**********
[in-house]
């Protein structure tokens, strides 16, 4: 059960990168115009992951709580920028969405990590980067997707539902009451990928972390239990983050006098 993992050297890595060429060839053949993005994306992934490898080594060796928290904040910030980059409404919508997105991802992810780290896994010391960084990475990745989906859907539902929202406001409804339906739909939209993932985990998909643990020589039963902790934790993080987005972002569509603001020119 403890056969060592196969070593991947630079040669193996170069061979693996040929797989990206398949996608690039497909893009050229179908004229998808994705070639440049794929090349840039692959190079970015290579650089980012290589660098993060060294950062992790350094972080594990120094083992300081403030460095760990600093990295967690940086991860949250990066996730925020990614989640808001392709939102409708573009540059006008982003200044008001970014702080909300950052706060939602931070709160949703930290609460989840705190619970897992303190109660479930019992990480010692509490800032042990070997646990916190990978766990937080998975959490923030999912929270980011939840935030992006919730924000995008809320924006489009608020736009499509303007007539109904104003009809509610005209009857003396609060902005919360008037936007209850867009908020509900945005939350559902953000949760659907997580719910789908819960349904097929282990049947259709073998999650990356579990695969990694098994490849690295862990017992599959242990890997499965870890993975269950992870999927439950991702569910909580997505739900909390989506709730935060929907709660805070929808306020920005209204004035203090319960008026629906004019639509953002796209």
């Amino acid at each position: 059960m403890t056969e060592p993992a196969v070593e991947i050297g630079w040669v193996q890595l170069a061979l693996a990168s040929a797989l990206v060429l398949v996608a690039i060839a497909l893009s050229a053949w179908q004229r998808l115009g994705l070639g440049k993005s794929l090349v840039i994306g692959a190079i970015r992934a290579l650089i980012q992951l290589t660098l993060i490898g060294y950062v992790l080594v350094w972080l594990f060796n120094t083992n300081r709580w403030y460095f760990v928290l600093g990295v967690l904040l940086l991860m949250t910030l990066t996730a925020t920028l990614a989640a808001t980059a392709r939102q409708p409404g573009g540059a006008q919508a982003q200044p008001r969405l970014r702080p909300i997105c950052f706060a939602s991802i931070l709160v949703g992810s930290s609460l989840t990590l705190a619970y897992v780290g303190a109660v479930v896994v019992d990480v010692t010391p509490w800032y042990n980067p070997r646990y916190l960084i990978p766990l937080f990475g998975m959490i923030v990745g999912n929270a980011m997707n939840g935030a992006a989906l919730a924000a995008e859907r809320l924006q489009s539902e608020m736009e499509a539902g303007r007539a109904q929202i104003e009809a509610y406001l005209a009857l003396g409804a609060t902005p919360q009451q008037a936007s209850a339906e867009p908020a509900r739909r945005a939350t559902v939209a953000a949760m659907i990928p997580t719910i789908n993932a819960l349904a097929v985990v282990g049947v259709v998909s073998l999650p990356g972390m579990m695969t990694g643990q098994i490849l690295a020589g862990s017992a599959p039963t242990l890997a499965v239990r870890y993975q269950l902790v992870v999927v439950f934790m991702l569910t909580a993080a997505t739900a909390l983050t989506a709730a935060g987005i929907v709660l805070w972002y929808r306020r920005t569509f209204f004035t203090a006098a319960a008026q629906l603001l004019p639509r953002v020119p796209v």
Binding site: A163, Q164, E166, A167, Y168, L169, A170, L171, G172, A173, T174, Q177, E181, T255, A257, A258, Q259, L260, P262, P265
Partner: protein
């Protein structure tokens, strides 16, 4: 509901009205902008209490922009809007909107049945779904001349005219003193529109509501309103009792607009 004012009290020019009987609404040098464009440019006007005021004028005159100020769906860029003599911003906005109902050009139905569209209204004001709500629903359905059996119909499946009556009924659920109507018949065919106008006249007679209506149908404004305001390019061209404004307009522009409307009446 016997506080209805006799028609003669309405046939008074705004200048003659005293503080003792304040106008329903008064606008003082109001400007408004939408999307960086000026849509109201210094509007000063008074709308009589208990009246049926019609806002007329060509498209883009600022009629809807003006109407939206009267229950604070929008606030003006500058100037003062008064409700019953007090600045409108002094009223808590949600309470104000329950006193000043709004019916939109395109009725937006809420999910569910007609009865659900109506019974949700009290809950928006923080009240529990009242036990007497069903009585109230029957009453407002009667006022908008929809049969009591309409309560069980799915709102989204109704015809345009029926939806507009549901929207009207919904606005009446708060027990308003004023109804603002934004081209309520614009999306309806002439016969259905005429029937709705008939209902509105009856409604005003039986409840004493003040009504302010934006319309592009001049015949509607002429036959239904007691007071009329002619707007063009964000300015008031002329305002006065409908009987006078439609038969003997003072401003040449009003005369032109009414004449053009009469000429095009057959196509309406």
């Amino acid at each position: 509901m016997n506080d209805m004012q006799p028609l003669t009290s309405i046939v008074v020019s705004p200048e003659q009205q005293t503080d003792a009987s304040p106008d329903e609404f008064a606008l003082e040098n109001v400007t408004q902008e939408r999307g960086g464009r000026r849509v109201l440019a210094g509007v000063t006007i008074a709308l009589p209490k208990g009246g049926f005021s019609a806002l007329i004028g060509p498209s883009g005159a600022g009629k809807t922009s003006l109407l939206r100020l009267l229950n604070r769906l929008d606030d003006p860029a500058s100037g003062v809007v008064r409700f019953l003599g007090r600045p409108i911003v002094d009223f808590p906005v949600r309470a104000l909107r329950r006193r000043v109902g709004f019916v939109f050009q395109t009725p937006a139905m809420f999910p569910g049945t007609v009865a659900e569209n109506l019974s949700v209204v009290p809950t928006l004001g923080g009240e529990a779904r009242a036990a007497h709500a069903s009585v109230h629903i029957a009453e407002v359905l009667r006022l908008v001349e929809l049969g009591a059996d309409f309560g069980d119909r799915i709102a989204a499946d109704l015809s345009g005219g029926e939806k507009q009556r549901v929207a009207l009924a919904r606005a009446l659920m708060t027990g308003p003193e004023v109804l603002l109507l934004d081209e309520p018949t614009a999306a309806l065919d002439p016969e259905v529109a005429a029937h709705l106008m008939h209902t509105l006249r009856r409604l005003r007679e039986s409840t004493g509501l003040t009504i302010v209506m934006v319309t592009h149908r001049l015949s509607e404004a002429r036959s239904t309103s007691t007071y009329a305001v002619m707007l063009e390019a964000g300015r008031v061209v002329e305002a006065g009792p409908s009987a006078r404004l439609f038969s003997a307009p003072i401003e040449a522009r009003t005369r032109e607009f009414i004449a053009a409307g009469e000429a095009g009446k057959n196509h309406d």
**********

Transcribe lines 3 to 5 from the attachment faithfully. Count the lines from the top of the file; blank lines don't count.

């Amino acid at each position: 059960m403890t056969e060592p993992a196969v070593e991947i050297g630079w040669v193996q890595l170069a061979l693996a990168s040929a797989l990206v060429l398949v996608a690039i060839a497909l893009s050229a053949w179908q004229r998808l115009g994705l070639g440049k993005s794929l090349v840039i994306g692959a190079i970015r992934a290579l650089i980012q992951l290589t660098l993060i490898g060294y950062v992790l080594v350094w972080l594990f060796n120094t083992n300081r709580w403030y460095f760990v928290l600093g990295v967690l904040l940086l991860m949250t910030l990066t996730a925020t920028l990614a989640a808001t980059a392709r939102q409708p409404g573009g540059a006008q919508a982003q200044p008001r969405l970014r702080p909300i997105c950052f706060a939602s991802i931070l709160v949703g992810s930290s609460l989840t990590l705190a619970y897992v780290g303190a109660v479930v896994v019992d990480v010692t010391p509490w800032y042990n980067p070997r646990y916190l960084i990978p766990l937080f990475g998975m959490i923030v990745g999912n929270a980011m997707n939840g935030a992006a989906l919730a924000a995008e859907r809320l924006q489009s539902e608020m736009e499509a539902g303007r007539a109904q929202i104003e009809a509610y406001l005209a009857l003396g409804a609060t902005p919360q009451q008037a936007s209850a339906e867009p908020a509900r739909r945005a939350t559902v939209a953000a949760m659907i990928p997580t719910i789908n993932a819960l349904a097929v985990v282990g049947v259709v998909s073998l999650p990356g972390m579990m695969t990694g643990q098994i490849l690295a020589g862990s017992a599959p039963t242990l890997a499965v239990r870890y993975q269950l902790v992870v999927v439950f934790m991702l569910t909580a993080a997505t739900a909390l983050t989506a709730a935060g987005i929907v709660l805070w972002y929808r306020r920005t569509f209204f004035t203090a006098a319960a008026q629906l603001l004019p639509r953002v020119p796209v």
Binding site: A163, Q164, E166, A167, Y168, L169, A170, L171, G172, A173, T174, Q177, E181, T255, A257, A258, Q259, L260, P262, P265
Partner: protein